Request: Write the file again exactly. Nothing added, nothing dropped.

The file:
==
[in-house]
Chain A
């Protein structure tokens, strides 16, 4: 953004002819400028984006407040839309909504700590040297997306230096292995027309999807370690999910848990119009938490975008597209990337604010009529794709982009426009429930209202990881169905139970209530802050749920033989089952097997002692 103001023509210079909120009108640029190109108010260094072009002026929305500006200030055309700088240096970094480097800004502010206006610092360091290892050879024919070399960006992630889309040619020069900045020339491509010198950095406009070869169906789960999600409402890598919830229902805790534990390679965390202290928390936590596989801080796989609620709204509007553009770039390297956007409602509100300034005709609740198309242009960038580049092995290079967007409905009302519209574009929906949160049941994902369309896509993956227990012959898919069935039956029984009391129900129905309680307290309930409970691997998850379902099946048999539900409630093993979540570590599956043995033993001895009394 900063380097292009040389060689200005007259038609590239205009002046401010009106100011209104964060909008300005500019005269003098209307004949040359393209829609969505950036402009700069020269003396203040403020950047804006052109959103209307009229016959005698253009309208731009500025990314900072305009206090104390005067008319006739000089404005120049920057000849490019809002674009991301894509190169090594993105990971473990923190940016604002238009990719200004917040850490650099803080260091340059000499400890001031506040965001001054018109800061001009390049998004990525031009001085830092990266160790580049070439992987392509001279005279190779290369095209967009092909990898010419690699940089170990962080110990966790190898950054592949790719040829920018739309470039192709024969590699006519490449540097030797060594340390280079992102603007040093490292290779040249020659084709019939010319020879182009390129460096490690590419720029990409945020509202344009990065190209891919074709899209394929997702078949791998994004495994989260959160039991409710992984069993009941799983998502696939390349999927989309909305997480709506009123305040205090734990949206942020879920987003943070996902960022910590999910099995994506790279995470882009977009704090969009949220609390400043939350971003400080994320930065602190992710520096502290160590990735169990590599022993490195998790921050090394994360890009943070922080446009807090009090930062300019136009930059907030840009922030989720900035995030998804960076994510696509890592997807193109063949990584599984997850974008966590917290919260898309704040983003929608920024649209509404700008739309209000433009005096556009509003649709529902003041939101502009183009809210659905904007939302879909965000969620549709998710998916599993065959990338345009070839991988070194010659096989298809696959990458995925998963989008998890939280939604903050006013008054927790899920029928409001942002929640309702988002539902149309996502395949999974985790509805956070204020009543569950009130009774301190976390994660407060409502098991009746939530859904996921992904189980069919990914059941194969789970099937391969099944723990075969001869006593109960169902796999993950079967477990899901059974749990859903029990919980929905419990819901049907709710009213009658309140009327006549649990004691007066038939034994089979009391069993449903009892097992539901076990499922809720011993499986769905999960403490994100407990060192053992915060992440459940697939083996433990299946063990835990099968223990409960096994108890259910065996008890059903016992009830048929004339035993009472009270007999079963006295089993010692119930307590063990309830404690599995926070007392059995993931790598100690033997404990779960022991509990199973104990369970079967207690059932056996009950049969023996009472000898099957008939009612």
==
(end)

[in-house]
Chain A
């Protein structure tokens, strides 16, 4: 953004002819400028984006407040839309909504700590040297997306230096292995027309999807370690999910848990119009938490975008597209990337604010009529794709982009426009429930209202990881169905139970209530802050749920033989089952097997002692 103001023509210079909120009108640029190109108010260094072009002026929305500006200030055309700088240096970094480097800004502010206006610092360091290892050879024919070399960006992630889309040619020069900045020339491509010198950095406009070869169906789960999600409402890598919830229902805790534990390679965390202290928390936590596989801080796989609620709204509007553009770039390297956007409602509100300034005709609740198309242009960038580049092995290079967007409905009302519209574009929906949160049941994902369309896509993956227990012959898919069935039956029984009391129900129905309680307290309930409970691997998850379902099946048999539900409630093993979540570590599956043995033993001895009394 900063380097292009040389060689200005007259038609590239205009002046401010009106100011209104964060909008300005500019005269003098209307004949040359393209829609969505950036402009700069020269003396203040403020950047804006052109959103209307009229016959005698253009309208731009500025990314900072305009206090104390005067008319006739000089404005120049920057000849490019809002674009991301894509190169090594993105990971473990923190940016604002238009990719200004917040850490650099803080260091340059000499400890001031506040965001001054018109800061001009390049998004990525031009001085830092990266160790580049070439992987392509001279005279190779290369095209967009092909990898010419690699940089170990962080110990966790190898950054592949790719040829920018739309470039192709024969590699006519490449540097030797060594340390280079992102603007040093490292290779040249020659084709019939010319020879182009390129460096490690590419720029990409945020509202344009990065190209891919074709899209394929997702078949791998994004495994989260959160039991409710992984069993009941799983998502696939390349999927989309909305997480709506009123305040205090734990949206942020879920987003943070996902960022910590999910099995994506790279995470882009977009704090969009949220609390400043939350971003400080994320930065602190992710520096502290160590990735169990590599022993490195998790921050090394994360890009943070922080446009807090009090930062300019136009930059907030840009922030989720900035995030998804960076994510696509890592997807193109063949990584599984997850974008966590917290919260898309704040983003929608920024649209509404700008739309209000433009005096556009509003649709529902003041939101502009183009809210659905904007939302879909965000969620549709998710998916599993065959990338345009070839991988070194010659096989298809696959990458995925998963989008998890939280939604903050006013008054927790899920029928409001942002929640309702988002539902149309996502395949999974985790509805956070204020009543569950009130009774301190976390994660407060409502098991009746939530859904996921992904189980069919990914059941194969789970099937391969099944723990075969001869006593109960169902796999993950079967477990899901059974749990859903029990919980929905419990819901049907709710009213009658309140009327006549649990004691007066038939034994089979009391069993449903009892097992539901076990499922809720011993499986769905999960403490994100407990060192053992915060992440459940697939083996433990299946063990835990099968223990409960096994108890259910065996008890059903016992009830048929004339035993009472009270007999079963006295089993010692119930307590063990309830404690599995926070007392059995993931790598100690033997404990779960022991509990199973104990369970079967207690059932056996009950049969023996009472000898099957008939009612």